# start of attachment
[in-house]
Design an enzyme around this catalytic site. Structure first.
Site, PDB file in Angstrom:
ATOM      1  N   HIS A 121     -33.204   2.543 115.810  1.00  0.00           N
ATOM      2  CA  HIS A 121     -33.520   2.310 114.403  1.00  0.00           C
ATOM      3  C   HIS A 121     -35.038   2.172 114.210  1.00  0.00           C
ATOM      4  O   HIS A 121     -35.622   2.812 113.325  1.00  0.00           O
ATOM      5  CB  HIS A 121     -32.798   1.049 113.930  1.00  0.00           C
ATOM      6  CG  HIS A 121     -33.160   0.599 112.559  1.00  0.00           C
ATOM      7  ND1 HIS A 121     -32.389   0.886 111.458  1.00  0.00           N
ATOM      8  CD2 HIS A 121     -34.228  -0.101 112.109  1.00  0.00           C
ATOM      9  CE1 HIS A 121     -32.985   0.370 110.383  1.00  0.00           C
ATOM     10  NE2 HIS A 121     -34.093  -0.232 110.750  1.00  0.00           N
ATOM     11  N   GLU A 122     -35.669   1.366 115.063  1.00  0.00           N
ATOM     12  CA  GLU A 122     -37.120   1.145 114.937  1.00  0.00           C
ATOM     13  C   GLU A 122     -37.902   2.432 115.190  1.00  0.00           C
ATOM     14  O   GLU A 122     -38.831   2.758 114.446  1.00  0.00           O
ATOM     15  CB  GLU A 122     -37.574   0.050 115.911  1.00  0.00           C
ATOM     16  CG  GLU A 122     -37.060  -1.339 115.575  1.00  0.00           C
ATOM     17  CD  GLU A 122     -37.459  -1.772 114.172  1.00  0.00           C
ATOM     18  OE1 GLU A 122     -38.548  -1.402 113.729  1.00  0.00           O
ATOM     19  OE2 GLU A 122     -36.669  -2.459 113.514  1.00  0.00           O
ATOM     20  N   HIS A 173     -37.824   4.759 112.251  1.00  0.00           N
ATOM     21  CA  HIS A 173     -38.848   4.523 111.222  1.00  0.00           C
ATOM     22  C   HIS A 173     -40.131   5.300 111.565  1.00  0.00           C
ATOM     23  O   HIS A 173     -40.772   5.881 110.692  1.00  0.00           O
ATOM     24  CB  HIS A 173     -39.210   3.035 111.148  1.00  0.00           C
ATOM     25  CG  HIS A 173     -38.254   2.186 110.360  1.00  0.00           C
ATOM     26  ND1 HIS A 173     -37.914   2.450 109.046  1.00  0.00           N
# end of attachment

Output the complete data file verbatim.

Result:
[in-house]
Design an enzyme around this catalytic site. Structure first.
Site, PDB file in Angstrom:
ATOM      1  N   HIS A 121     -33.204   2.543 115.810  1.00  0.00           N
ATOM      2  CA  HIS A 121     -33.520   2.310 114.403  1.00  0.00           C
ATOM      3  C   HIS A 121     -35.038   2.172 114.210  1.00  0.00           C
ATOM      4  O   HIS A 121     -35.622   2.812 113.325  1.00  0.00           O
ATOM      5  CB  HIS A 121     -32.798   1.049 113.930  1.00  0.00           C
ATOM      6  CG  HIS A 121     -33.160   0.599 112.559  1.00  0.00           C
ATOM      7  ND1 HIS A 121     -32.389   0.886 111.458  1.00  0.00           N
ATOM      8  CD2 HIS A 121     -34.228  -0.101 112.109  1.00  0.00           C
ATOM      9  CE1 HIS A 121     -32.985   0.370 110.383  1.00  0.00           C
ATOM     10  NE2 HIS A 121     -34.093  -0.232 110.750  1.00  0.00           N
ATOM     11  N   GLU A 122     -35.669   1.366 115.063  1.00  0.00           N
ATOM     12  CA  GLU A 122     -37.120   1.145 114.937  1.00  0.00           C
ATOM     13  C   GLU A 122     -37.902   2.432 115.190  1.00  0.00           C
ATOM     14  O   GLU A 122     -38.831   2.758 114.446  1.00  0.00           O
ATOM     15  CB  GLU A 122     -37.574   0.050 115.911  1.00  0.00           C
ATOM     16  CG  GLU A 122     -37.060  -1.339 115.575  1.00  0.00           C
ATOM     17  CD  GLU A 122     -37.459  -1.772 114.172  1.00  0.00           C
ATOM     18  OE1 GLU A 122     -38.548  -1.402 113.729  1.00  0.00           O
ATOM     19  OE2 GLU A 122     -36.669  -2.459 113.514  1.00  0.00           O
ATOM     20  N   HIS A 173     -37.824   4.759 112.251  1.00  0.00           N
ATOM     21  CA  HIS A 173     -38.848   4.523 111.222  1.00  0.00           C
ATOM     22  C   HIS A 173     -40.131   5.300 111.565  1.00  0.00           C
ATOM     23  O   HIS A 173     -40.772   5.881 110.692  1.00  0.00           O
ATOM     24  CB  HIS A 173     -39.210   3.035 111.148  1.00  0.00           C
ATOM     25  CG  HIS A 173     -38.254   2.186 110.360  1.00  0.00           C
ATOM     26  ND1 HIS A 173     -37.914   2.450 109.046  1.00  0.00           N